The memories of the people of God contain numerous moments such as this that witness to times when they are crushed, shamed and violated. What happened to George Floyd – and all the others who have been targets of racist belief and action – is of a piece with heart-wrenching cries coming out of Scripture, charging God with inattention to the plight of the dominated. To experience such calculated violation of basic human dignity drives many to reach the only conclusion available: that God has abandoned them. Nevertheless, we note with astonishment that these suffering ones continue to call out to their absent God, as in Psalm 69:13-15: “O God, in the abundance of thy steadfast love answer me. … Let not the flood sweep over me, or the deep swallow me up, or the pit close its mouth over me.” It is as if they have no other choice but to hang on to an absent savior.

These examples make clear that parts of the Bible’s story ring true with the rage over the horrific crimes of police brutality piling up in this country. Yet, are we not struck with the odd behavior of those so traumatized as they continue to call out to that One whose failure to save compounds their misery? Why should they keep calling out? Any answer worthy of consideration must also address two current questions: Why, in the face of 400 years of bondage in North America, should people of color persist today in calling to God for justice? How, in the face of 400 years of being complicit in enforcing and benefiting from systemic racism, can white people have any moral standing to join in cries for justice?

We know from our foundational creation story that humanity only came into being when God blew breath into an earthly object. “The spirit of God has made me, and the breath of the Almighty gives me life” (Job 33:4). Breath is all that is required to certify my humanity. Therefore, “I can’t breathe” means: I can’t be a human. You are taking away my basic humanity. You do not recognize me as a human being in every way like yourself.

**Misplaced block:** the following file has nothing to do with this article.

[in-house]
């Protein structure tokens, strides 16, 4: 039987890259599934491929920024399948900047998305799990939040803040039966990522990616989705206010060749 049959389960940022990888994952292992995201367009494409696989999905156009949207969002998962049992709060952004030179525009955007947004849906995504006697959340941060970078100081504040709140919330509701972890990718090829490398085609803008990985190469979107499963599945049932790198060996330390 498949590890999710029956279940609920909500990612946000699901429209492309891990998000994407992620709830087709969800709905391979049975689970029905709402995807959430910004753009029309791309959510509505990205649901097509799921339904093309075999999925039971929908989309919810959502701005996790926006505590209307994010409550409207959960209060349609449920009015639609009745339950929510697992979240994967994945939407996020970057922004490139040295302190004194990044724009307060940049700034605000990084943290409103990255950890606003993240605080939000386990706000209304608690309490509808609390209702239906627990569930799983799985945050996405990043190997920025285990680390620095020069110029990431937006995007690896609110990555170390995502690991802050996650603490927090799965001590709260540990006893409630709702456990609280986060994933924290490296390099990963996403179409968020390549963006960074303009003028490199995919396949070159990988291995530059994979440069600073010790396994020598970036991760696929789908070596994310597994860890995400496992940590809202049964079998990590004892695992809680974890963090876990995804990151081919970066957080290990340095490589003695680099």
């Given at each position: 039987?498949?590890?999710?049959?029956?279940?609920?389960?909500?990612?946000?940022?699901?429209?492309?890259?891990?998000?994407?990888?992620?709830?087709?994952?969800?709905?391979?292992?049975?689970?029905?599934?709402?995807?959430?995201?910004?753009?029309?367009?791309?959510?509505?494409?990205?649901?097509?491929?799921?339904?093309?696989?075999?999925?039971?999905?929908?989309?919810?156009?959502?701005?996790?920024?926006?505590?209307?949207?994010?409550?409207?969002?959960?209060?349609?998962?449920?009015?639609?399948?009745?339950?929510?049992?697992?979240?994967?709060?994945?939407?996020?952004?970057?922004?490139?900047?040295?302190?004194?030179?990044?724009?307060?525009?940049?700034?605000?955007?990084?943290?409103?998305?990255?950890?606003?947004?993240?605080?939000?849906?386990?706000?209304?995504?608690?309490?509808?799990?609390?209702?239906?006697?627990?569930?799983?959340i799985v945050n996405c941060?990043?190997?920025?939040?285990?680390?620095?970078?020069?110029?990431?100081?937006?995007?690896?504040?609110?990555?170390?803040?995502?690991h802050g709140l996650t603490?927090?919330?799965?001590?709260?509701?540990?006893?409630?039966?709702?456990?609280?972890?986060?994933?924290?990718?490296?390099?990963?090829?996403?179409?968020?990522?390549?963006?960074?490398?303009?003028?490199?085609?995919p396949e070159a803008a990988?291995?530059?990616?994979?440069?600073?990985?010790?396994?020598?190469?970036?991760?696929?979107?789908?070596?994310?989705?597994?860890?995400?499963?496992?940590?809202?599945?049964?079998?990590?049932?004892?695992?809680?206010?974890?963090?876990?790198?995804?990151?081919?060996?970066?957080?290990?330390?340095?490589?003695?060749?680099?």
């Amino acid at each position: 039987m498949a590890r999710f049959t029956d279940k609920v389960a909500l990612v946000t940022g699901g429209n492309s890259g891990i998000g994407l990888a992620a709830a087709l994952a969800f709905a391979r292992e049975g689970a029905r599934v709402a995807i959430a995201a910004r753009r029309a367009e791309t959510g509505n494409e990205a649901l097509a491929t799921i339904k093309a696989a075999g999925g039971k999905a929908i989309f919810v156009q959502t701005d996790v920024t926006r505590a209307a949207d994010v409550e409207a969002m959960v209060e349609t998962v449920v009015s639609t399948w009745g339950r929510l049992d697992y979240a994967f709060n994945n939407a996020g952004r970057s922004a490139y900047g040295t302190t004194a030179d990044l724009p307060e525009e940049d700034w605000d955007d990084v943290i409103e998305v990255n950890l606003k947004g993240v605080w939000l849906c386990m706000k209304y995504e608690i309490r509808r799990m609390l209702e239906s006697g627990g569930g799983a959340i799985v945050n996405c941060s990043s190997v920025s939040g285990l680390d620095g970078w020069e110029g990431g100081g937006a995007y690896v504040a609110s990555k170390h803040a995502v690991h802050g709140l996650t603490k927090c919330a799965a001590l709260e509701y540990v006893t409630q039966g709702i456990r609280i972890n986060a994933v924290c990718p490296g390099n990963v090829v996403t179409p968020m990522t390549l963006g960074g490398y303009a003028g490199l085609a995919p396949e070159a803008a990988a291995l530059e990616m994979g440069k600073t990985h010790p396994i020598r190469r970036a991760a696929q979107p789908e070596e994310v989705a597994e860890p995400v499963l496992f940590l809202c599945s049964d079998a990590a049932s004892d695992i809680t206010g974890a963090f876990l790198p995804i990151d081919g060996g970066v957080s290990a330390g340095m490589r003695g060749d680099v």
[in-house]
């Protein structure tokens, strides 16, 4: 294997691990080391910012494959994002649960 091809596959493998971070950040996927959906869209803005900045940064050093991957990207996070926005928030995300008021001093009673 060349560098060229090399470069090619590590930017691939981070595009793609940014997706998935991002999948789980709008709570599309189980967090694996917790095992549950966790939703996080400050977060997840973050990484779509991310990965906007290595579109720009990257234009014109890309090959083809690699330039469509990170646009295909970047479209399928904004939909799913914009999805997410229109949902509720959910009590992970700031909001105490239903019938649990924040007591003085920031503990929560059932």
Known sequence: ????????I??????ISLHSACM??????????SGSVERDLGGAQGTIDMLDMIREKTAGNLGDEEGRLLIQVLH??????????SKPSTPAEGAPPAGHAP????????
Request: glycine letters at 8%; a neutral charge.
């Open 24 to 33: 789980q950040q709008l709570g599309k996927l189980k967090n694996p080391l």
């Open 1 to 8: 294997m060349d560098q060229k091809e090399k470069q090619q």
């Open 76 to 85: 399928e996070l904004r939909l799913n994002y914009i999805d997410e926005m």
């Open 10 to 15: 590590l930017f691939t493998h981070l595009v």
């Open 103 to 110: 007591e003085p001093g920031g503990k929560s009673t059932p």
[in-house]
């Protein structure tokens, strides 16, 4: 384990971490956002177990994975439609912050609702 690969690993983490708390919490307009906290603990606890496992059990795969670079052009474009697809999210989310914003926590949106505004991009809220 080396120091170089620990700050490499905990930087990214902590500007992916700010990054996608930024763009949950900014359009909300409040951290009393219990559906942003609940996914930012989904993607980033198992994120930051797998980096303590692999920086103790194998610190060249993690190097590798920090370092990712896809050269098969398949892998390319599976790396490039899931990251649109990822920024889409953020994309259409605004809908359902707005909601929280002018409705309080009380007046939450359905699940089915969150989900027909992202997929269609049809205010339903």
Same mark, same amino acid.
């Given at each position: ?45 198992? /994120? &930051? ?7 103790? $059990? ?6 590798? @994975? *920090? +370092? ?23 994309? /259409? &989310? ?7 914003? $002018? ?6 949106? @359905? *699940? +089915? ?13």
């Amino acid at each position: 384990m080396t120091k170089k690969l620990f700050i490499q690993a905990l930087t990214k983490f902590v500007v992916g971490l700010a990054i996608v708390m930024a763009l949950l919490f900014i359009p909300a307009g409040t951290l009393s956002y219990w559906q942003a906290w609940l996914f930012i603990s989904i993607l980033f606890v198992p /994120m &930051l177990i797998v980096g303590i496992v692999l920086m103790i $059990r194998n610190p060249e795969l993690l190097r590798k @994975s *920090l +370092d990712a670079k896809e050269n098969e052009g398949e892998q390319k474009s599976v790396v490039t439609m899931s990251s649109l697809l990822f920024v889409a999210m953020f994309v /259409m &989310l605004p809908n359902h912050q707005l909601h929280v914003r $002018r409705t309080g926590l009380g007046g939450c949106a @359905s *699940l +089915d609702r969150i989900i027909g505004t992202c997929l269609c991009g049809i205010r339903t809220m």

Breath comes from God, and when God takes away our breath, we die. God owns breath; we do not. Therefore, “I can’t breathe” means: To dominate me is to usurp the place of God. To dominate me is to assert your will over my right to live. To dominate me makes me pay for your future.

Such racist ideology is countered by the very act of breathing. Breathing testifies to the God who is the sovereign fount of breath. In the face of racist assaults on the sovereignty of breath, there is only God to whom to appeal. Breath keeps us bound together with our Creator and Preserver and with each other. Therefore, our prayer and protest (“I can’t breathe”) must continually be made, even if God appears absent or impotent, so that we avoid capitulating to the domination of the mighty, and so that we avoid forfeiting our identity as human beings living in shared air.

This structure of meaning comes to quintessential expression in the death of Jesus. Jesus died by crucifixion, which, among other tortures, deprived him of his ability to breathe. With a loud cry he hung on to a God who abandoned him. God became very small and inferior in Jesus. His worth as a basic human being was crushed under the weight of both the empire’s dominance and religious privilege. As such, it is to him alone that people made victims by any ideology of supremacy can turn with complete confidence, because they are in the company of a fellow sufferer. Jesus – bleeding, suffocating, abandoned – reveals himself as one who knows.